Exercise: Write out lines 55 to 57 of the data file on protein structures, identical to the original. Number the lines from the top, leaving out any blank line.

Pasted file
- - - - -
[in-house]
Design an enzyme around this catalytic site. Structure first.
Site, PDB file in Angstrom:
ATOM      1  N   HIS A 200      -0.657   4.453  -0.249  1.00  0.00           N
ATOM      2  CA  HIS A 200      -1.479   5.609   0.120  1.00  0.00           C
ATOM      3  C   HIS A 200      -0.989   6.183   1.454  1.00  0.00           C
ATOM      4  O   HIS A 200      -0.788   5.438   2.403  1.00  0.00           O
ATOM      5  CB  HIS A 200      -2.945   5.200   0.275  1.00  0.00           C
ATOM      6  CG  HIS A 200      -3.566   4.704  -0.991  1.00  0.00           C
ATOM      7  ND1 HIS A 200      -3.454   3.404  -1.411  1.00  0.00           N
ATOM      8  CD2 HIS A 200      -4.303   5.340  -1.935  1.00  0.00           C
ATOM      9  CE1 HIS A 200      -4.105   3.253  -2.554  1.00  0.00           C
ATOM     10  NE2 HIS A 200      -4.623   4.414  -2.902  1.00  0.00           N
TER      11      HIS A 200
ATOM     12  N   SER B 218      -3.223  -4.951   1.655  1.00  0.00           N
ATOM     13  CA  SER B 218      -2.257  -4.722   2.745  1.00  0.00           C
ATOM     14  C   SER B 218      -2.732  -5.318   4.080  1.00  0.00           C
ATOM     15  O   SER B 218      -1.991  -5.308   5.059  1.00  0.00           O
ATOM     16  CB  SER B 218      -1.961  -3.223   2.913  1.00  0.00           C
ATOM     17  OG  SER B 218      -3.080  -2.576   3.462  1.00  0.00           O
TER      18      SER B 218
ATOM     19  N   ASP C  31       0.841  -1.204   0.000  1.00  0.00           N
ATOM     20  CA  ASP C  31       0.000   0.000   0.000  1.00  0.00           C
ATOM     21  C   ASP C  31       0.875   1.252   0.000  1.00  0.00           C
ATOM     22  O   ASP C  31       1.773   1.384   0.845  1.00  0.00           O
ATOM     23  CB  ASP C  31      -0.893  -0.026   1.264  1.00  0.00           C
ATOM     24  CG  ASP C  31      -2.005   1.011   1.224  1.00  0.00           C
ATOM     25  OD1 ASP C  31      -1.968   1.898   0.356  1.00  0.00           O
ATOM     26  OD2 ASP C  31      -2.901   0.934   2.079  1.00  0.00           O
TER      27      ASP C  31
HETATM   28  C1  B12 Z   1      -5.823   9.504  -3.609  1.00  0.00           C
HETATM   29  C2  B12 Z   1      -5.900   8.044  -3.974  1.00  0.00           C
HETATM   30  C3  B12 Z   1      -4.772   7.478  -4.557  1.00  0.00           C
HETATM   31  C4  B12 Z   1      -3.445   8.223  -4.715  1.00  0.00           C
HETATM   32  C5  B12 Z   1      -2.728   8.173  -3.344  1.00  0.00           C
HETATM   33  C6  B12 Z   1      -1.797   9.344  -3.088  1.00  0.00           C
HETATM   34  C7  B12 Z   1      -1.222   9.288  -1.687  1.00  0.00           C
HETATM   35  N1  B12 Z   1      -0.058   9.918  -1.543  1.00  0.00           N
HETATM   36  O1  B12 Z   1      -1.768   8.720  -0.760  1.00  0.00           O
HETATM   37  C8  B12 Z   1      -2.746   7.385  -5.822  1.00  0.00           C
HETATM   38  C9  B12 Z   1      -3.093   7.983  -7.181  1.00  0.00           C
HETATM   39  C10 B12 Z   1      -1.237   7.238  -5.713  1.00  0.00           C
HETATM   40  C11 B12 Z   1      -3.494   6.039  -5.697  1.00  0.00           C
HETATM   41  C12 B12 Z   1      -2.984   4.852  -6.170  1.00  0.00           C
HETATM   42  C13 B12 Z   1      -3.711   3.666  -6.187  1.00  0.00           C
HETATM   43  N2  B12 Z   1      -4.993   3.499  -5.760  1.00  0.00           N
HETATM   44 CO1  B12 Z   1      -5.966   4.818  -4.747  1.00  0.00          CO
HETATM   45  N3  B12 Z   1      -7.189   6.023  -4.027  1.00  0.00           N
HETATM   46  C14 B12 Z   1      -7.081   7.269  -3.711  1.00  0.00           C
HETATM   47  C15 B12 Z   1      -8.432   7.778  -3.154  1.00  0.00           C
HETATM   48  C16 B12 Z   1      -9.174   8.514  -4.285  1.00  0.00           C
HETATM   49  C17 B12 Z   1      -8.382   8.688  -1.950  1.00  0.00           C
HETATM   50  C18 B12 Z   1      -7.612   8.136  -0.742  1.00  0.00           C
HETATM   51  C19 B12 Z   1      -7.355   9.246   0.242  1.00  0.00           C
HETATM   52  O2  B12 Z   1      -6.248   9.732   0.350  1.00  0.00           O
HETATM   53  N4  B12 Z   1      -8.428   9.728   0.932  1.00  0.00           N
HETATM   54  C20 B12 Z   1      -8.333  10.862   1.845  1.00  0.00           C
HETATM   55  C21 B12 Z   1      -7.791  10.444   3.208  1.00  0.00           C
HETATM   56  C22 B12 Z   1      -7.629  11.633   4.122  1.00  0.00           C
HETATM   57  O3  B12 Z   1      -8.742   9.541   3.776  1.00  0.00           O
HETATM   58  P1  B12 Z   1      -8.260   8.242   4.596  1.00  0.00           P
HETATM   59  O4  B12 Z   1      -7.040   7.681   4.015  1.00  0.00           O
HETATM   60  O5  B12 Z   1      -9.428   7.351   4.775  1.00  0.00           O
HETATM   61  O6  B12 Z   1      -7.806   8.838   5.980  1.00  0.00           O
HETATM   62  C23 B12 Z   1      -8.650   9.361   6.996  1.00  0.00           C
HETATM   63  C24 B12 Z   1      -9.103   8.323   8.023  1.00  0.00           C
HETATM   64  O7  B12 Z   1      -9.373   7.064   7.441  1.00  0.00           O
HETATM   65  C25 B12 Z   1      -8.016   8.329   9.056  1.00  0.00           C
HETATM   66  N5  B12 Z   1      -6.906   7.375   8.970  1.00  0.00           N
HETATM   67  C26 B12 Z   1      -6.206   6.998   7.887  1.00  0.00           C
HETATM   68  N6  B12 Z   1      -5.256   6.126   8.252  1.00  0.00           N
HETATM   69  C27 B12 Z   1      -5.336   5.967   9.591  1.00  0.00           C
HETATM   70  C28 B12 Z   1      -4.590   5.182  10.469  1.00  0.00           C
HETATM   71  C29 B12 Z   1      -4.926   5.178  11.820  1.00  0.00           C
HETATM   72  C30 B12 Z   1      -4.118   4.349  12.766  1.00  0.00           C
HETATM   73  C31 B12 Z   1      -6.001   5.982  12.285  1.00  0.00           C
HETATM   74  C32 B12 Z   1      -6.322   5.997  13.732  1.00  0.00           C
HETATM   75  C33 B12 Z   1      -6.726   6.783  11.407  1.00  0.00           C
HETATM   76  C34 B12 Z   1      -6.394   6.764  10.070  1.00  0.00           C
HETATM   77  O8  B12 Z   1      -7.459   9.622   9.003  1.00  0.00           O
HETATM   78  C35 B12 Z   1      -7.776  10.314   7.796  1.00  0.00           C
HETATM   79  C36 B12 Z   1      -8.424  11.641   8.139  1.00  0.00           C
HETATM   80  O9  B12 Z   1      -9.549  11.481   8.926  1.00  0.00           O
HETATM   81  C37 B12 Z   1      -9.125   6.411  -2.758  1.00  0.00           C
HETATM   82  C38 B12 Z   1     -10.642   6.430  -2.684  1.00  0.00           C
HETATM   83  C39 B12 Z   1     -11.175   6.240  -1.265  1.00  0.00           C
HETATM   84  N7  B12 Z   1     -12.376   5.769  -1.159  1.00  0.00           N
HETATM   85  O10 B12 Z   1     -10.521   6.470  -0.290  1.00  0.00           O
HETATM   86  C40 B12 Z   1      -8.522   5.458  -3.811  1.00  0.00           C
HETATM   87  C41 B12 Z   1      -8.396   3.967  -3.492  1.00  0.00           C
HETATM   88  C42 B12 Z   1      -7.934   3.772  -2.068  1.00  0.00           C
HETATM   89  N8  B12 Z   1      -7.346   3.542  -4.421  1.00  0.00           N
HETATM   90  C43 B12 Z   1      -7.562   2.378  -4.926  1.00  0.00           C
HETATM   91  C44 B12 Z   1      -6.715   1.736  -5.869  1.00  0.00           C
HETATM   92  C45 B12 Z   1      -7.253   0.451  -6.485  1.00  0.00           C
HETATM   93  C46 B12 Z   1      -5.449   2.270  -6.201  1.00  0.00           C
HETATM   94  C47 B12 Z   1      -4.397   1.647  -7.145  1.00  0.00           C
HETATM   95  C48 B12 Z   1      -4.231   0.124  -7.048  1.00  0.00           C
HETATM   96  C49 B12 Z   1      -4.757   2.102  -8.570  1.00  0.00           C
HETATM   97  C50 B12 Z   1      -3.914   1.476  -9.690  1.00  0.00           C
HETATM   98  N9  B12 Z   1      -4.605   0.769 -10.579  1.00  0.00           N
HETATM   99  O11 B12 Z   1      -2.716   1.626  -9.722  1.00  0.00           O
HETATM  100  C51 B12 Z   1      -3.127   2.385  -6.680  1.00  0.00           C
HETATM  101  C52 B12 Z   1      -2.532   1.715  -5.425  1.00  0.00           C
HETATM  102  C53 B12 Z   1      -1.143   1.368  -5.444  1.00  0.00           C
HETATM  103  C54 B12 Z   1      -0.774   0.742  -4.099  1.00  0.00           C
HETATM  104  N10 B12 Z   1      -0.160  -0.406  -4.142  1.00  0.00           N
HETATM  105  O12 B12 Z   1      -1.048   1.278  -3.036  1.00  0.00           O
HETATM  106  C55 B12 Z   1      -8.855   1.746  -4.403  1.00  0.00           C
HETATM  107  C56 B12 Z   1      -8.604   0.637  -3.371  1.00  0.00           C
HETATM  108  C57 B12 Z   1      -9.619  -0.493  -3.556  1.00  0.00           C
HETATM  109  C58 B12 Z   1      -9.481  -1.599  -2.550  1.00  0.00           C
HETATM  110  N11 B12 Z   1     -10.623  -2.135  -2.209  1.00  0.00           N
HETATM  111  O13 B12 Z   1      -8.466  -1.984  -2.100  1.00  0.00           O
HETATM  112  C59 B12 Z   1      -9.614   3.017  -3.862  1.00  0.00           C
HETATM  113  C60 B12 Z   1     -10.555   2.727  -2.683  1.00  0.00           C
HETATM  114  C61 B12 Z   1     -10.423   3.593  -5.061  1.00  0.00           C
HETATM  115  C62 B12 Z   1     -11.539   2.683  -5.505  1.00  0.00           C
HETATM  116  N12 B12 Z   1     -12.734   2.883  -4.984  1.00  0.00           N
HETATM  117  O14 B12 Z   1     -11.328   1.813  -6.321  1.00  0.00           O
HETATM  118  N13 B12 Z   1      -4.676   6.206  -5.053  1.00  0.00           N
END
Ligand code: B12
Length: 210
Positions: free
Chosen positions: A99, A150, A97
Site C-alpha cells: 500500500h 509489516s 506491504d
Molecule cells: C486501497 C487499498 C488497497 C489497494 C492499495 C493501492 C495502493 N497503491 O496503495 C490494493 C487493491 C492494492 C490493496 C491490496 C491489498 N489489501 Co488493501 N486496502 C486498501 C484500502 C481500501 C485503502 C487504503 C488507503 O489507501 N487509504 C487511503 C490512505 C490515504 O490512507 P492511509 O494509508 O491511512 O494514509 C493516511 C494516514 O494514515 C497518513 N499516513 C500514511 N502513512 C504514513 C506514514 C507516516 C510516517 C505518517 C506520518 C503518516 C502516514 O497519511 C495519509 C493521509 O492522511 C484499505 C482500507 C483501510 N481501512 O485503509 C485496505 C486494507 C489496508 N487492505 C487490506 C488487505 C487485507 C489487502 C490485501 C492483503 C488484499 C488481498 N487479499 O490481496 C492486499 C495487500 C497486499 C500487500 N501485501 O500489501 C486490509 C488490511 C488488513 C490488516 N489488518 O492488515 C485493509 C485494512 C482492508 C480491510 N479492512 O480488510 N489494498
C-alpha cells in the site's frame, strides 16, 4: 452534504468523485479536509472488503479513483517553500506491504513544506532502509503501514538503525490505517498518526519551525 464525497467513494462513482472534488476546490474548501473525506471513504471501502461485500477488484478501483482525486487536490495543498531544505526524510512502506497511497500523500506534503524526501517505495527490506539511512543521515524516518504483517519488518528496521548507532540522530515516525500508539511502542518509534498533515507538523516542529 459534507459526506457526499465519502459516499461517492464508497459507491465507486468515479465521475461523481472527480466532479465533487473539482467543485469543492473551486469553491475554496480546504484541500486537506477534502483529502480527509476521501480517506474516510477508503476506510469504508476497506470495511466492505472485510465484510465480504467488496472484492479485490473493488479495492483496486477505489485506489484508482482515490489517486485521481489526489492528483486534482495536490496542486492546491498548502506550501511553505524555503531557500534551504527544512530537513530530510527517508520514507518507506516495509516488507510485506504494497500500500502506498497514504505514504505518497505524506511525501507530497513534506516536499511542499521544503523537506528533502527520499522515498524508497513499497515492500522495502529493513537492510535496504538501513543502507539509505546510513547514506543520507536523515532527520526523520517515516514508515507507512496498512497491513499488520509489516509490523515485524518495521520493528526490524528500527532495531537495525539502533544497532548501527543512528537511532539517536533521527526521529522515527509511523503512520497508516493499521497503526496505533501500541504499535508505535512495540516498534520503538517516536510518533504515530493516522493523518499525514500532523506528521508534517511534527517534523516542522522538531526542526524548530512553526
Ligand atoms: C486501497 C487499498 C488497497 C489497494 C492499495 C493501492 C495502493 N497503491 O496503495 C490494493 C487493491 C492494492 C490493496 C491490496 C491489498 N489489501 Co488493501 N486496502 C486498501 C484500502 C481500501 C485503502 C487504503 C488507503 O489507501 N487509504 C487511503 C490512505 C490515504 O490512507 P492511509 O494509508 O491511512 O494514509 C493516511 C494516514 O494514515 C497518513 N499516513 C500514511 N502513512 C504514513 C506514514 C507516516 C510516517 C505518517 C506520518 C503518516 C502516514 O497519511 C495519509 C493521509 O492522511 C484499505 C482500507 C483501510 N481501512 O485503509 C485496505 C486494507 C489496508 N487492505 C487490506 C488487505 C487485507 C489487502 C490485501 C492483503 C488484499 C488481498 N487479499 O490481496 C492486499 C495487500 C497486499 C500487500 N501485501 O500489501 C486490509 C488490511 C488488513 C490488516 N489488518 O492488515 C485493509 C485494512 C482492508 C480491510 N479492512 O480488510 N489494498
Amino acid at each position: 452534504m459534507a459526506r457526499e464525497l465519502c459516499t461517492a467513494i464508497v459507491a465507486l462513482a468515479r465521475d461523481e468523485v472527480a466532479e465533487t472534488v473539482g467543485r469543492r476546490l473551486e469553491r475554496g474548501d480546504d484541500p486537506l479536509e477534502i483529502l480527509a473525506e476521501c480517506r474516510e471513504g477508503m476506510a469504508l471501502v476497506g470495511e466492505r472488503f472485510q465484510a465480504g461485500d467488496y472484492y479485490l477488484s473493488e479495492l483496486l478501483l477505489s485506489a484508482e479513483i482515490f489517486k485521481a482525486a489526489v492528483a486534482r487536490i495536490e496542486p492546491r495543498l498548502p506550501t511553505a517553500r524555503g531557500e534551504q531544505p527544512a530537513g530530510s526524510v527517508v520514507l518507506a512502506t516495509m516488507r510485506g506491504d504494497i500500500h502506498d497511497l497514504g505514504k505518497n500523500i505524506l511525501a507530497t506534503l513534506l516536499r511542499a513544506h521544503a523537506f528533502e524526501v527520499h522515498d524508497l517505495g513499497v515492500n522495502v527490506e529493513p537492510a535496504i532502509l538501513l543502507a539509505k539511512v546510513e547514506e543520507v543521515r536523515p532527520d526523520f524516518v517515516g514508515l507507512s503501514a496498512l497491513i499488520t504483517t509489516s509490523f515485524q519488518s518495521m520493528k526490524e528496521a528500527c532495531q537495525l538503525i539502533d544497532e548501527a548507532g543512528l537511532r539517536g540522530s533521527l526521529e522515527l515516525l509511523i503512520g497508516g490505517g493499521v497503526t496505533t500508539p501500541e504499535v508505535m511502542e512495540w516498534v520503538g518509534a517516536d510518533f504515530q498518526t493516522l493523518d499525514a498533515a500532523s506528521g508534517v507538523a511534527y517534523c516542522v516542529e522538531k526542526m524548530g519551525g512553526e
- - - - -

HETATM   52  O2  B12 Z   1      -6.248   9.732   0.350  1.00  0.00           O
HETATM   53  N4  B12 Z   1      -8.428   9.728   0.932  1.00  0.00           N
HETATM   54  C20 B12 Z   1      -8.333  10.862   1.845  1.00  0.00           C